Aircraft Parachute

Parachutes are usually associated with skydivers and on more rare occasions with cargo which can nowadays be dropped from a plane with pinpoint accuracy using a GPS guiding system. However, a parachute for a whole plane is a different concept altogether. The Minnesota company BRS developed a unique FAA approved parachute which can help a small aircraft survive a crash-land in case of catastrophic engine failure.

The original aircraft parachute technology was developed by BRS In 1993, after seven years and $1.5 million of engineering research. BRS was granted the first Federal Aviation Administration (FAA) approval to install a parachute on a certified aircraft, the Cessna 150/152 aircraft. Later on more small aircrafts received approval and today the company claims since its initial deployment it saved the lives of one hundred and ninety people in about 145 accidents.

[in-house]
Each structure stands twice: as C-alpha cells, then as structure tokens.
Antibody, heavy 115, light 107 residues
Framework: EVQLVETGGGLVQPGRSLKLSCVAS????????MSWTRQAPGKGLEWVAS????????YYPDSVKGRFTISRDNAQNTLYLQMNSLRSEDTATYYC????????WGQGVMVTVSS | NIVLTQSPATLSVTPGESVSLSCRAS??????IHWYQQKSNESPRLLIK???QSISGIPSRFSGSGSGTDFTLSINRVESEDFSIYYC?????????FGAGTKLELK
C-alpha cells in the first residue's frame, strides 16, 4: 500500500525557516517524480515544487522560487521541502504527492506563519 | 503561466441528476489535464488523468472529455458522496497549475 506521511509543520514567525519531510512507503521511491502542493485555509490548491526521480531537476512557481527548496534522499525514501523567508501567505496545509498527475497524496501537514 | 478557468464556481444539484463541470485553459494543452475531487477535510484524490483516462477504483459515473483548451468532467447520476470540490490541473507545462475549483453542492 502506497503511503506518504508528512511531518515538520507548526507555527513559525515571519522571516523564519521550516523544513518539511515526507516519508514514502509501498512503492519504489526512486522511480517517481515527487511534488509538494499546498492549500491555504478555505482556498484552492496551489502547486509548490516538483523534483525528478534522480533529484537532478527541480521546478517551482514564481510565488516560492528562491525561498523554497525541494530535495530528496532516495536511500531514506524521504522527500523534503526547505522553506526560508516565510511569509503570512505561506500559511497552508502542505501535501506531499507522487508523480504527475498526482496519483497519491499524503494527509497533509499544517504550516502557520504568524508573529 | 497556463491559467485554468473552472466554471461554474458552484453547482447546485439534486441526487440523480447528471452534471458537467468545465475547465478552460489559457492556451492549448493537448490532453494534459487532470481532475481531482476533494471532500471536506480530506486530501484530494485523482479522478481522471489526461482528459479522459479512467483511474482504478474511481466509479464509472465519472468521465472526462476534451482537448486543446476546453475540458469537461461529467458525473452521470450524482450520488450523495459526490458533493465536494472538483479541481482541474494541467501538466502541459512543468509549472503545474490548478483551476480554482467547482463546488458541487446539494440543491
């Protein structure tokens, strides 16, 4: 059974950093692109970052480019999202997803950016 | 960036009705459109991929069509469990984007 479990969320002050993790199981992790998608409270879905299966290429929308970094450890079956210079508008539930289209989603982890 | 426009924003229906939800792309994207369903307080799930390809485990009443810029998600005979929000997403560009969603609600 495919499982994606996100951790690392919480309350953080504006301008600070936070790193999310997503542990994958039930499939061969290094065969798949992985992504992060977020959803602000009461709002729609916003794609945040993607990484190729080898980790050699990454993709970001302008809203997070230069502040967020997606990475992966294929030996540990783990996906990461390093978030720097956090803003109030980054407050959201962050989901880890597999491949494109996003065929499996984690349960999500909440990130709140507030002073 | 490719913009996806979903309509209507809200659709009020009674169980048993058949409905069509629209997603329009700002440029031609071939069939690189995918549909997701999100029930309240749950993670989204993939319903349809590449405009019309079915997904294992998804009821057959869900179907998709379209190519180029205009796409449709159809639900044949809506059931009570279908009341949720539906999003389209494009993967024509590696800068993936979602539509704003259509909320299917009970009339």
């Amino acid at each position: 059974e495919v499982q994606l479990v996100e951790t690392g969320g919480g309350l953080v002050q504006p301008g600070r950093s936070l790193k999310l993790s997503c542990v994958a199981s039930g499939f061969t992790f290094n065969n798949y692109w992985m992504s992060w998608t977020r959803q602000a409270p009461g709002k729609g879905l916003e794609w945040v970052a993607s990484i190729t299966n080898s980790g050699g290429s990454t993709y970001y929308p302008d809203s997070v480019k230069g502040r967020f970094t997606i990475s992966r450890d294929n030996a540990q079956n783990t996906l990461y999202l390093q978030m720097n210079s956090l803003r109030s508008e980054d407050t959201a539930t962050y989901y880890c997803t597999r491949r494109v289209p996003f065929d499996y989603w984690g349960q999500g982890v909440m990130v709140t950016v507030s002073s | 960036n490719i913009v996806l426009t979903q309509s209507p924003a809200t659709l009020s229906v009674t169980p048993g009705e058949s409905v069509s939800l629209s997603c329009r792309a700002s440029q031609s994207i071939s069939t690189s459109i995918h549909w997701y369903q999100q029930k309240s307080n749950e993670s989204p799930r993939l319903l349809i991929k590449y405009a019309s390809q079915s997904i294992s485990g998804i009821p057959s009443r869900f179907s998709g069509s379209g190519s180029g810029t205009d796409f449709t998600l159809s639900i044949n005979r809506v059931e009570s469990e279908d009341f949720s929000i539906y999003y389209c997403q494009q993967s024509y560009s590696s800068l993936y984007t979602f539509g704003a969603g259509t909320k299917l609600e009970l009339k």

The system is deployed by a simple pull of a handle which opens the huge parachute capable of slowing down a several tons of metal to a relatively safe speed. The cost of the system is about 20,000 dollars but BRS is offering a rent program for about $200 a month, a reasonable amount if you have a Cessna and care for your life. BRS however, does not recommend using its system on a regular basis (for those folks who are too lazy to land in the old fashion way), since it will most likely cause considerable damage to the airframe gear, seats and frame. 

More information on the system can be found on the BRS website.